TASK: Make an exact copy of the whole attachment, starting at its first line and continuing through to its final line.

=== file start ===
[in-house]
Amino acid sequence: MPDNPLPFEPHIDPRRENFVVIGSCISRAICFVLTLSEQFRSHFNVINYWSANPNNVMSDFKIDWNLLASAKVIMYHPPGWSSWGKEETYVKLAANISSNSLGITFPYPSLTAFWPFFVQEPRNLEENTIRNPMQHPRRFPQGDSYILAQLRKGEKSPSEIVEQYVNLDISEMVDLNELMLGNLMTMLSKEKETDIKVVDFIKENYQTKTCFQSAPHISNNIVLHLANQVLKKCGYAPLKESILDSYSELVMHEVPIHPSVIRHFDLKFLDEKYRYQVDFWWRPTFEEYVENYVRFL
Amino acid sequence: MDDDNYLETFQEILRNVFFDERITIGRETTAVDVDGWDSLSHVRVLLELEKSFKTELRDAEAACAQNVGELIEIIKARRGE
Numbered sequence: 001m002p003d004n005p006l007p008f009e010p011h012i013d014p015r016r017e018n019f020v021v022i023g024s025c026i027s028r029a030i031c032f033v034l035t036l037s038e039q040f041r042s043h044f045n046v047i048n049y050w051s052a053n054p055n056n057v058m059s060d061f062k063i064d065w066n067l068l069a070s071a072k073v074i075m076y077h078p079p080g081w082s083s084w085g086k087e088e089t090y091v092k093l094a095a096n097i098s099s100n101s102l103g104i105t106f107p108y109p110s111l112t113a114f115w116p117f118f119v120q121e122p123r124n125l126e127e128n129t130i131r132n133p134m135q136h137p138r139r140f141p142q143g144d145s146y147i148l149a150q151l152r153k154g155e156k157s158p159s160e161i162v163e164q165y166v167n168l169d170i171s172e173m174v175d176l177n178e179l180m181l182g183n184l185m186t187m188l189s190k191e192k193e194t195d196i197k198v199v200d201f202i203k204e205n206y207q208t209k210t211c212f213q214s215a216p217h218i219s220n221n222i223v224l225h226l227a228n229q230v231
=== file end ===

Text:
[in-house]
Amino acid sequence: MPDNPLPFEPHIDPRRENFVVIGSCISRAICFVLTLSEQFRSHFNVINYWSANPNNVMSDFKIDWNLLASAKVIMYHPPGWSSWGKEETYVKLAANISSNSLGITFPYPSLTAFWPFFVQEPRNLEENTIRNPMQHPRRFPQGDSYILAQLRKGEKSPSEIVEQYVNLDISEMVDLNELMLGNLMTMLSKEKETDIKVVDFIKENYQTKTCFQSAPHISNNIVLHLANQVLKKCGYAPLKESILDSYSELVMHEVPIHPSVIRHFDLKFLDEKYRYQVDFWWRPTFEEYVENYVRFL
Amino acid sequence: MDDDNYLETFQEILRNVFFDERITIGRETTAVDVDGWDSLSHVRVLLELEKSFKTELRDAEAACAQNVGELIEIIKARRGE
Numbered sequence: 001m002p003d004n005p006l007p008f009e010p011h012i013d014p015r016r017e018n019f020v021v022i023g024s025c026i027s028r029a030i031c032f033v034l035t036l037s038e039q040f041r042s043h044f045n046v047i048n049y050w051s052a053n054p055n056n057v058m059s060d061f062k063i064d065w066n067l068l069a070s071a072k073v074i075m076y077h078p079p080g081w082s083s084w085g086k087e088e089t090y091v092k093l094a095a096n097i098s099s100n101s102l103g104i105t106f107p108y109p110s111l112t113a114f115w116p117f118f119v120q121e122p123r124n125l126e127e128n129t130i131r132n133p134m135q136h137p138r139r140f141p142q143g144d145s146y147i148l149a150q151l152r153k154g155e156k157s158p159s160e161i162v163e164q165y166v167n168l169d170i171s172e173m174v175d176l177n178e179l180m181l182g183n184l185m186t187m188l189s190k191e192k193e194t195d196i197k198v199v200d201f202i203k204e205n206y207q208t209k210t211c212f213q214s215a216p217h218i219s220n221n222i223v224l225h226l227a228n229q230v231